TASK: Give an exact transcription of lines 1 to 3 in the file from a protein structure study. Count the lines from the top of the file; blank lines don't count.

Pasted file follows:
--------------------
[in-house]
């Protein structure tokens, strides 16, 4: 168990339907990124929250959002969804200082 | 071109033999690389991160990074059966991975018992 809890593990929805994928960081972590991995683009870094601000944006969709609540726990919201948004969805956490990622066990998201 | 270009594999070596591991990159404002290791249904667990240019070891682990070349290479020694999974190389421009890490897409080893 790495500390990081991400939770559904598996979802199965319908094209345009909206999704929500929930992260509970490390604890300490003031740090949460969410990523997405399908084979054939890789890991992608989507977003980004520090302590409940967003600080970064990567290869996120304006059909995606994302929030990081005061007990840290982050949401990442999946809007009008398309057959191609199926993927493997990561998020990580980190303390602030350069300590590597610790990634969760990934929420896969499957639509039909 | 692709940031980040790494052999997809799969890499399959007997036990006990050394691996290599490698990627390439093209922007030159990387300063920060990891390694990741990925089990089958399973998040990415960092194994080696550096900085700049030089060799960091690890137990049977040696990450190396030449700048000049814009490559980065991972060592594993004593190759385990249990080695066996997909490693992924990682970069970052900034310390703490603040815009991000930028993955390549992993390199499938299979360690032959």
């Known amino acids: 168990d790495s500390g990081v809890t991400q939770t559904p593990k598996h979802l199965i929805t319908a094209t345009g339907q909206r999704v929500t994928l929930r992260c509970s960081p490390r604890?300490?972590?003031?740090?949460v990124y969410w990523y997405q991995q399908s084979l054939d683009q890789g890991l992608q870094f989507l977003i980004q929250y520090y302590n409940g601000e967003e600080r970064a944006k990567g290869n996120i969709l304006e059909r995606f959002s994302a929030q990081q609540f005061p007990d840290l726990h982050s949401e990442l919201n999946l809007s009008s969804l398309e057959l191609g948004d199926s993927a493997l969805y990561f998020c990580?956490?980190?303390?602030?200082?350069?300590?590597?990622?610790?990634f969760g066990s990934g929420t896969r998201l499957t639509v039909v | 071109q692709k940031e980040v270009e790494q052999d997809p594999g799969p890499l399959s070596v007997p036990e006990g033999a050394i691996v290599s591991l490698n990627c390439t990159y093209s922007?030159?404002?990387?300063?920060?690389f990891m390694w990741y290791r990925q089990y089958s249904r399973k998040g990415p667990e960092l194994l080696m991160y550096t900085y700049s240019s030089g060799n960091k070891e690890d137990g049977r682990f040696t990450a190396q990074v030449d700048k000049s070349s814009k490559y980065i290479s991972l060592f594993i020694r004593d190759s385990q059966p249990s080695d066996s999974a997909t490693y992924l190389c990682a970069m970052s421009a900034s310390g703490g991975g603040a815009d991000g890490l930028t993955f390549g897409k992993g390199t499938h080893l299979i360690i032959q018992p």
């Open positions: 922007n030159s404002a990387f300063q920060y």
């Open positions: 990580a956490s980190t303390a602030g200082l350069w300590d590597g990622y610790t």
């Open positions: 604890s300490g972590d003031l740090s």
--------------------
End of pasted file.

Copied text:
[in-house]
């Protein structure tokens, strides 16, 4: 168990339907990124929250959002969804200082 | 071109033999690389991160990074059966991975018992 809890593990929805994928960081972590991995683009870094601000944006969709609540726990919201948004969805956490990622066990998201 | 270009594999070596591991990159404002290791249904667990240019070891682990070349290479020694999974190389421009890490897409080893 790495500390990081991400939770559904598996979802199965319908094209345009909206999704929500929930992260509970490390604890300490003031740090949460969410990523997405399908084979054939890789890991992608989507977003980004520090302590409940967003600080970064990567290869996120304006059909995606994302929030990081005061007990840290982050949401990442999946809007009008398309057959191609199926993927493997990561998020990580980190303390602030350069300590590597610790990634969760990934929420896969499957639509039909 | 692709940031980040790494052999997809799969890499399959007997036990006990050394691996290599490698990627390439093209922007030159990387300063920060990891390694990741990925089990089958399973998040990415960092194994080696550096900085700049030089060799960091690890137990049977040696990450190396030449700048000049814009490559980065991972060592594993004593190759385990249990080695066996997909490693992924990682970069970052900034310390703490603040815009991000930028993955390549992993390199499938299979360690032959």
């Known amino acids: 168990d790495s500390g990081v809890t991400q939770t559904p593990k598996h979802l199965i929805t319908a094209t345009g339907q909206r999704v929500t994928l929930r992260c509970s960081p490390r604890?300490?972590?003031?740090?949460v990124y969410w990523y997405q991995q399908s084979l054939d683009q890789g890991l992608q870094f989507l977003i980004q929250y520090y302590n409940g601000e967003e600080r970064a944006k990567g290869n996120i969709l304006e059909r995606f959002s994302a929030q990081q609540f005061p007990d840290l726990h982050s949401e990442l919201n999946l809007s009008s969804l398309e057959l191609g948004d199926s993927a493997l969805y990561f998020c990580?956490?980190?303390?602030?200082?350069?300590?590597?990622?610790?990634f969760g066990s990934g929420t896969r998201l499957t639509v039909v | 071109q692709k940031e980040v270009e790494q052999d997809p594999g799969p890499l399959s070596v007997p036990e006990g033999a050394i691996v290599s591991l490698n990627c390439t990159y093209s922007?030159?404002?990387?300063?920060?690389f990891m390694w990741y290791r990925q089990y089958s249904r399973k998040g990415p667990e960092l194994l080696m991160y550096t900085y700049s240019s030089g060799n960091k070891e690890d137990g049977r682990f040696t990450a190396q990074v030449d700048k000049s070349s814009k490559y980065i290479s991972l060592f594993i020694r004593d190759s385990q059966p249990s080695d066996s999974a997909t490693y992924l190389c990682a970069m970052s421009a900034s310390g703490g991975g603040a815009d991000g890490l930028t993955f390549g897409k992993g390199t499938h080893l299979i360690i032959q018992p």